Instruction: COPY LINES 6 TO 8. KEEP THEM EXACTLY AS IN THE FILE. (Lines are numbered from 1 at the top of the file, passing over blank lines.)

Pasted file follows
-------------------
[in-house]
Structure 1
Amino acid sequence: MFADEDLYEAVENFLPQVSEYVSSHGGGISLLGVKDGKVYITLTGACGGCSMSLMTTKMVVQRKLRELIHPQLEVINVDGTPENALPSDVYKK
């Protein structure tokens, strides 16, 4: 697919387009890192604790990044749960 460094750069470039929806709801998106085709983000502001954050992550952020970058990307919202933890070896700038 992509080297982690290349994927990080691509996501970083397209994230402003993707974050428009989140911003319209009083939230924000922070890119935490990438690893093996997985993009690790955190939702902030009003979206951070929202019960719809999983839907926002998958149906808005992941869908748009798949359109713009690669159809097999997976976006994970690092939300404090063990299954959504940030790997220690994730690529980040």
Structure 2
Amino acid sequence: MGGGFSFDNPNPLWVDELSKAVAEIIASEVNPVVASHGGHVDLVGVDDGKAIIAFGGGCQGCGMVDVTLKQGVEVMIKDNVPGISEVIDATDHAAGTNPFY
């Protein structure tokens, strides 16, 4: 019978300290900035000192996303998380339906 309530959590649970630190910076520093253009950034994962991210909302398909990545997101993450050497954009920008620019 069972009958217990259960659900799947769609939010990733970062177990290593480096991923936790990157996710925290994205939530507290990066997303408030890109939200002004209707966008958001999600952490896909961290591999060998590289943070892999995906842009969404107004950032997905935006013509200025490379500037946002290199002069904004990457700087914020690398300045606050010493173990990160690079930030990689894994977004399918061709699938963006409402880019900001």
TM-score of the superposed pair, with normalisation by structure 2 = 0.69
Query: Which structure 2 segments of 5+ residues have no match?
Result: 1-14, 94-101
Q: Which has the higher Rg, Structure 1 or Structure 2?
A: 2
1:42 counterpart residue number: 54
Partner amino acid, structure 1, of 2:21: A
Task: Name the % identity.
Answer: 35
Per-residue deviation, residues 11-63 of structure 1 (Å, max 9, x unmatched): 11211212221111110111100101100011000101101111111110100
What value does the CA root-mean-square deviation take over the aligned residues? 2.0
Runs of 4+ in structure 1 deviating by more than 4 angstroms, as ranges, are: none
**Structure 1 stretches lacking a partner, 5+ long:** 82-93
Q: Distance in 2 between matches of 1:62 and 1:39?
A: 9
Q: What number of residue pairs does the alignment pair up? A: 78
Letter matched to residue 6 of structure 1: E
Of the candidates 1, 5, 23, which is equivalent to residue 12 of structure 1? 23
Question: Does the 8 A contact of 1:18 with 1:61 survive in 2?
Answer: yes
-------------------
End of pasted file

Amino acid sequence: MGGGFSFDNPNPLWVDELSKAVAEIIASEVNPVVASHGGHVDLVGVDDGKAIIAFGGGCQGCGMVDVTLKQGVEVMIKDNVPGISEVIDATDHAAGTNPFY
């Protein structure tokens, strides 16, 4: 019978300290900035000192996303998380339906 309530959590649970630190910076520093253009950034994962991210909302398909990545997101993450050497954009920008620019 069972009958217990259960659900799947769609939010990733970062177990290593480096991923936790990157996710925290994205939530507290990066997303408030890109939200002004209707966008958001999600952490896909961290591999060998590289943070892999995906842009969404107004950032997905935006013509200025490379500037946002290199002069904004990457700087914020690398300045606050010493173990990160690079930030990689894994977004399918061709699938963006409402880019900001």
TM-score of the superposed pair, with normalisation by structure 2 = 0.69